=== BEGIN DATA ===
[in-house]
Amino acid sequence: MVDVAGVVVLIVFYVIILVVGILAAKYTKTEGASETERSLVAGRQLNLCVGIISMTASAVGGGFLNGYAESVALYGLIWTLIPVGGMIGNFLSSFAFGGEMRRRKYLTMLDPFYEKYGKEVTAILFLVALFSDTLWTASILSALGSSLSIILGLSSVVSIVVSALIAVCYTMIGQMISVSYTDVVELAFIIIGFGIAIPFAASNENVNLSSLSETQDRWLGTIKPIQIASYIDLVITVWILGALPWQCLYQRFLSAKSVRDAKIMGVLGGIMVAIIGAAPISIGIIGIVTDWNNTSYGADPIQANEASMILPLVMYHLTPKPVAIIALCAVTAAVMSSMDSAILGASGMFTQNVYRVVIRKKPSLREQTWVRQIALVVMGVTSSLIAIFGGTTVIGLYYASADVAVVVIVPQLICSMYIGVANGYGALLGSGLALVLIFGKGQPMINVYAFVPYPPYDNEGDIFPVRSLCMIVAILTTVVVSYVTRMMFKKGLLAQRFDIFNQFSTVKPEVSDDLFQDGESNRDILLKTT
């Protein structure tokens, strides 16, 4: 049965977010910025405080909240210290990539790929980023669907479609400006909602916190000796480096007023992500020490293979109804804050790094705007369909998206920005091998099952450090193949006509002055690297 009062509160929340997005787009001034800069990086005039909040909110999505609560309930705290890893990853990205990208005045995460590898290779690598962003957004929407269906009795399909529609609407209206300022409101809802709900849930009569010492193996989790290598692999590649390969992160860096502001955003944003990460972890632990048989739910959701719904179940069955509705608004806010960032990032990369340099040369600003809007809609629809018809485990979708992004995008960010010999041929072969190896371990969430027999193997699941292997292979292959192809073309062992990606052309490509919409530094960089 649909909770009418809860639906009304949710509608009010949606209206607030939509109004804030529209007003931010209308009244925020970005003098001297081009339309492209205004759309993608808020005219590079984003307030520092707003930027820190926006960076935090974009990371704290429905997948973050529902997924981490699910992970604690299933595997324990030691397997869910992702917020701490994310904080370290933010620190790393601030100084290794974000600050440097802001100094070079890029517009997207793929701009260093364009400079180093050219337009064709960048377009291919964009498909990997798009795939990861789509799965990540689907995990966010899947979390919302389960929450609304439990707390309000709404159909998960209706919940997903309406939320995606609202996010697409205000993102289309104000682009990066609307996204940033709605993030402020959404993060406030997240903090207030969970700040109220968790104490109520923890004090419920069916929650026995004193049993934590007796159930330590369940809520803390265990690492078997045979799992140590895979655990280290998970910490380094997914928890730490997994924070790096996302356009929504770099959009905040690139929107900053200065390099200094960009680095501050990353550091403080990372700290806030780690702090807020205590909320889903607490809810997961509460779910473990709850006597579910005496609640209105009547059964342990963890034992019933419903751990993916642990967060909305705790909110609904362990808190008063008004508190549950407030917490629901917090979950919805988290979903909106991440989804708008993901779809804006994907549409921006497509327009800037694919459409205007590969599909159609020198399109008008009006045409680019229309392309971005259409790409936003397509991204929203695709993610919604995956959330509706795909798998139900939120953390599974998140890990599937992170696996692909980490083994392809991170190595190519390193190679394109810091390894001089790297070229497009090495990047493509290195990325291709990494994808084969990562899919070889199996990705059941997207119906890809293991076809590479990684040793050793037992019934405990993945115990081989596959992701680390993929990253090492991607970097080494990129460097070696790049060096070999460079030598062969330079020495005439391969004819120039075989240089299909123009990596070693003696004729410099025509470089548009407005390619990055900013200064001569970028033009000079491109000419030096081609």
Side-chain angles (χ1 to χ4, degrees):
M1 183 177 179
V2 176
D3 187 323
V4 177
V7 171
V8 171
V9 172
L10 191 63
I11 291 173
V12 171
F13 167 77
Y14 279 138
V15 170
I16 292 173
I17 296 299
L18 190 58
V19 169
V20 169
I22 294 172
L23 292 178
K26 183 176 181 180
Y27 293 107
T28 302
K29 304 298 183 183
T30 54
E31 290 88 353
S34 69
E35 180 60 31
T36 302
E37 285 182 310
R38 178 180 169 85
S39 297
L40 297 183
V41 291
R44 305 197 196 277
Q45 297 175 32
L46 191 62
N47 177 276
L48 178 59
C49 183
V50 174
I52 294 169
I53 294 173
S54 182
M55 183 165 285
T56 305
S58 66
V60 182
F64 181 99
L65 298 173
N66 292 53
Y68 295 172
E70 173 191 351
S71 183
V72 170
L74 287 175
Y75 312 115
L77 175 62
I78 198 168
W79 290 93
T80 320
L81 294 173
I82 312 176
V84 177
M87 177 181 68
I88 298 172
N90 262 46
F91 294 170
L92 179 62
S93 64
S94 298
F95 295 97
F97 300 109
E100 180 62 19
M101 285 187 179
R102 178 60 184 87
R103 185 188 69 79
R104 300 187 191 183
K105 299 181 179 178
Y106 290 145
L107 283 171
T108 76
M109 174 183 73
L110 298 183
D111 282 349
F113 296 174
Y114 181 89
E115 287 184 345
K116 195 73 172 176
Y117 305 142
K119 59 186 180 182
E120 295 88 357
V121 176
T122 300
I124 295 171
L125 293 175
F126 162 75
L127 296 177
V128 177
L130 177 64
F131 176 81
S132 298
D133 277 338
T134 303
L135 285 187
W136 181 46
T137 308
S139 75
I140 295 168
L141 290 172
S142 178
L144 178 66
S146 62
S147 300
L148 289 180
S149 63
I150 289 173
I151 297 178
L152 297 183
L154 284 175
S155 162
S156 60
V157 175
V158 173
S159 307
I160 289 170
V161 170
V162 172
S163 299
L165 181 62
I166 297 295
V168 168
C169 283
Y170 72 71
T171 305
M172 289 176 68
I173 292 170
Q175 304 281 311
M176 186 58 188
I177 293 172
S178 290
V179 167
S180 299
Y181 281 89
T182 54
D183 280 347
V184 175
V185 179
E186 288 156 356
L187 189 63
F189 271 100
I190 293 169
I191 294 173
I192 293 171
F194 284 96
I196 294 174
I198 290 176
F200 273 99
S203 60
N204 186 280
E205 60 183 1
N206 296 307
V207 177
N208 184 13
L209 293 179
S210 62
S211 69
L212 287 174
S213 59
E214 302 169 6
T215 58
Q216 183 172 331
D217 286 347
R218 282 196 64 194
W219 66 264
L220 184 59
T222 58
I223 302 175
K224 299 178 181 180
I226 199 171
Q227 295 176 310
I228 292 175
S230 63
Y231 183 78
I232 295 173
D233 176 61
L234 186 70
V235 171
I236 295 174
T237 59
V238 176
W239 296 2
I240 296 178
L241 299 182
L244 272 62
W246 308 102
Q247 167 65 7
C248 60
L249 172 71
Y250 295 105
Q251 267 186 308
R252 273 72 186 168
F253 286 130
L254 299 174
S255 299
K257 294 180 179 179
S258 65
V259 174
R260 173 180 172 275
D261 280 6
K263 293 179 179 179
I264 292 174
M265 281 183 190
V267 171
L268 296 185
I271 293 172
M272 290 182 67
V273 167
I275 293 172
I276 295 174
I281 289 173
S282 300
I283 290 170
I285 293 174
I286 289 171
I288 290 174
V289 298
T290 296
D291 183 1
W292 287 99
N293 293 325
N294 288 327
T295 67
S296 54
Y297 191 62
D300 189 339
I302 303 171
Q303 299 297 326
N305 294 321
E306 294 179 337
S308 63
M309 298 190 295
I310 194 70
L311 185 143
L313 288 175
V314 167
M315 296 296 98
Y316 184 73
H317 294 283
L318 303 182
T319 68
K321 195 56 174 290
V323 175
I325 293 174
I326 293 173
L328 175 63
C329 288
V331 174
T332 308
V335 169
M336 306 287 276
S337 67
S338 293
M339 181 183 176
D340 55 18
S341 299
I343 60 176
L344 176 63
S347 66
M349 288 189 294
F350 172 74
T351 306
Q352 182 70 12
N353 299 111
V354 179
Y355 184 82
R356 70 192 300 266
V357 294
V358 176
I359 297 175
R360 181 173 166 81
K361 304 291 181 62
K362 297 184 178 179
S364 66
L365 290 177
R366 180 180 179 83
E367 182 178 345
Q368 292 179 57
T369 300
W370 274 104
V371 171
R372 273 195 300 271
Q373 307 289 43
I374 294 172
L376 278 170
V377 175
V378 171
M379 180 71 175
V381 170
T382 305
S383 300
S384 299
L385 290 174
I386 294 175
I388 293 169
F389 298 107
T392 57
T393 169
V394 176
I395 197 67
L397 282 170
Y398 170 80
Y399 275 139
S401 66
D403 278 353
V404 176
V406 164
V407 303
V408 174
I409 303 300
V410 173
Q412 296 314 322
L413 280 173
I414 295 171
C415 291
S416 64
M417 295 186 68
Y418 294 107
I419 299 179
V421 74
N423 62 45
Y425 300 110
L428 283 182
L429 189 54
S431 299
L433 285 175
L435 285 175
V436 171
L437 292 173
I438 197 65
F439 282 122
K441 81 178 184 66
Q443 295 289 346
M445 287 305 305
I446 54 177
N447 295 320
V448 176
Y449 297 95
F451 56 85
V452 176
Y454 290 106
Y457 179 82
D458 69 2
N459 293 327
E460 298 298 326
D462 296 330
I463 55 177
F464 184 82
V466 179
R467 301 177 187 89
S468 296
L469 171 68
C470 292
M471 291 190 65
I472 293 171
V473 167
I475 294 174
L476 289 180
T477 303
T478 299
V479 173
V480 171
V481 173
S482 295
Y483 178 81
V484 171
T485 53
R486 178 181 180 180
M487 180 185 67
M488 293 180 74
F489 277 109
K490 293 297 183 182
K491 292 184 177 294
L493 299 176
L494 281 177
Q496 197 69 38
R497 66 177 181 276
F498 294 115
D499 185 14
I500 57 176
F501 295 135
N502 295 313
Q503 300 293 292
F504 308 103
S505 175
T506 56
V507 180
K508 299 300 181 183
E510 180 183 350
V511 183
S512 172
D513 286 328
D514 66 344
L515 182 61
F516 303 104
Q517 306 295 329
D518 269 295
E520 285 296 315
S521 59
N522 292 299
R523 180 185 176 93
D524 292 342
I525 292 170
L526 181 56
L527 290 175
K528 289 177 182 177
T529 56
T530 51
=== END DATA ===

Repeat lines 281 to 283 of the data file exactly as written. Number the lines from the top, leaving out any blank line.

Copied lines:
R356 70 192 300 266
V357 294
V358 176